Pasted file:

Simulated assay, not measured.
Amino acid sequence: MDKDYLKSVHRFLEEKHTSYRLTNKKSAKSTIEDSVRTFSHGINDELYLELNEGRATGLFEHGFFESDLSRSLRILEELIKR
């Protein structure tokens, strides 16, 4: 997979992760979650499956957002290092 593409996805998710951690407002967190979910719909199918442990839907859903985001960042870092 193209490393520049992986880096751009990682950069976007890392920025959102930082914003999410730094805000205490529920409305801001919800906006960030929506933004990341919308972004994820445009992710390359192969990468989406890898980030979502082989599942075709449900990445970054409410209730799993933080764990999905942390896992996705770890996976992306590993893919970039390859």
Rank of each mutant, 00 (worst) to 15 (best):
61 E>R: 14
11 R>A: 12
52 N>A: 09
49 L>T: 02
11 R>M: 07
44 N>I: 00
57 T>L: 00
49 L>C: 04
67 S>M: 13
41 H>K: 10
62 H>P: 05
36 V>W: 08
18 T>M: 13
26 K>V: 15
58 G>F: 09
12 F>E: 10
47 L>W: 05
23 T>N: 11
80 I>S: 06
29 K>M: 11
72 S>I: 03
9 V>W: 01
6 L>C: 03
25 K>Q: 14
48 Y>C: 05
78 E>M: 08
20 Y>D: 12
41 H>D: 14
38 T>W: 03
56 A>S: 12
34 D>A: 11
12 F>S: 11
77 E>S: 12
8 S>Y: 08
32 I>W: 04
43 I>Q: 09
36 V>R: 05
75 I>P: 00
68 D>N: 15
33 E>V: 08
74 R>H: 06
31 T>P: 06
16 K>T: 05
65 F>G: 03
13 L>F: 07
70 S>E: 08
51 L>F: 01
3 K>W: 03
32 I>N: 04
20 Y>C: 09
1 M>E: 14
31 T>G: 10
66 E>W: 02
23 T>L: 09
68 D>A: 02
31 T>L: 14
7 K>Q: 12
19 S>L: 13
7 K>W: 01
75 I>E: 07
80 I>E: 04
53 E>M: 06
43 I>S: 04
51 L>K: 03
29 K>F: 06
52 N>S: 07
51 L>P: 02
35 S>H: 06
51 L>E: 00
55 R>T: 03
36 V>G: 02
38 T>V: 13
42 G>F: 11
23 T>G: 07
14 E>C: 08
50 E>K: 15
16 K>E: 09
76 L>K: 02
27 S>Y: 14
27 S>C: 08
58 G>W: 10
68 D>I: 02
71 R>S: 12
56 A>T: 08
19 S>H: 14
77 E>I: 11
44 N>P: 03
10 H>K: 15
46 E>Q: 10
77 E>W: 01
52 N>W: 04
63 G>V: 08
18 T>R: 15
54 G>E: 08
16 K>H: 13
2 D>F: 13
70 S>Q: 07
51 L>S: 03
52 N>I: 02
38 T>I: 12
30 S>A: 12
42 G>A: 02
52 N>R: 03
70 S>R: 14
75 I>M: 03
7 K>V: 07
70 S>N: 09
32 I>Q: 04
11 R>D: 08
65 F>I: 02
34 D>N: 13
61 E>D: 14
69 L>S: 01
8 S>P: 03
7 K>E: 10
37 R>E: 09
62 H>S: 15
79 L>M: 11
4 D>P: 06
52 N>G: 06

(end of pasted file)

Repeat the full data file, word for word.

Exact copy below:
Simulated assay, not measured.
Amino acid sequence: MDKDYLKSVHRFLEEKHTSYRLTNKKSAKSTIEDSVRTFSHGINDELYLELNEGRATGLFEHGFFESDLSRSLRILEELIKR
């Protein structure tokens, strides 16, 4: 997979992760979650499956957002290092 593409996805998710951690407002967190979910719909199918442990839907859903985001960042870092 193209490393520049992986880096751009990682950069976007890392920025959102930082914003999410730094805000205490529920409305801001919800906006960030929506933004990341919308972004994820445009992710390359192969990468989406890898980030979502082989599942075709449900990445970054409410209730799993933080764990999905942390896992996705770890996976992306590993893919970039390859």
Rank of each mutant, 00 (worst) to 15 (best):
61 E>R: 14
11 R>A: 12
52 N>A: 09
49 L>T: 02
11 R>M: 07
44 N>I: 00
57 T>L: 00
49 L>C: 04
67 S>M: 13
41 H>K: 10
62 H>P: 05
36 V>W: 08
18 T>M: 13
26 K>V: 15
58 G>F: 09
12 F>E: 10
47 L>W: 05
23 T>N: 11
80 I>S: 06
29 K>M: 11
72 S>I: 03
9 V>W: 01
6 L>C: 03
25 K>Q: 14
48 Y>C: 05
78 E>M: 08
20 Y>D: 12
41 H>D: 14
38 T>W: 03
56 A>S: 12
34 D>A: 11
12 F>S: 11
77 E>S: 12
8 S>Y: 08
32 I>W: 04
43 I>Q: 09
36 V>R: 05
75 I>P: 00
68 D>N: 15
33 E>V: 08
74 R>H: 06
31 T>P: 06
16 K>T: 05
65 F>G: 03
13 L>F: 07
70 S>E: 08
51 L>F: 01
3 K>W: 03
32 I>N: 04
20 Y>C: 09
1 M>E: 14
31 T>G: 10
66 E>W: 02
23 T>L: 09
68 D>A: 02
31 T>L: 14
7 K>Q: 12
19 S>L: 13
7 K>W: 01
75 I>E: 07
80 I>E: 04
53 E>M: 06
43 I>S: 04
51 L>K: 03
29 K>F: 06
52 N>S: 07
51 L>P: 02
35 S>H: 06
51 L>E: 00
55 R>T: 03
36 V>G: 02
38 T>V: 13
42 G>F: 11
23 T>G: 07
14 E>C: 08
50 E>K: 15
16 K>E: 09
76 L>K: 02
27 S>Y: 14
27 S>C: 08
58 G>W: 10
68 D>I: 02
71 R>S: 12
56 A>T: 08
19 S>H: 14
77 E>I: 11
44 N>P: 03
10 H>K: 15
46 E>Q: 10
77 E>W: 01
52 N>W: 04
63 G>V: 08
18 T>R: 15
54 G>E: 08
16 K>H: 13
2 D>F: 13
70 S>Q: 07
51 L>S: 03
52 N>I: 02
38 T>I: 12
30 S>A: 12
42 G>A: 02
52 N>R: 03
70 S>R: 14
75 I>M: 03
7 K>V: 07
70 S>N: 09
32 I>Q: 04
11 R>D: 08
65 F>I: 02
34 D>N: 13
61 E>D: 14
69 L>S: 01
8 S>P: 03
7 K>E: 10
37 R>E: 09
62 H>S: 15
79 L>M: 11
4 D>P: 06
52 N>G: 06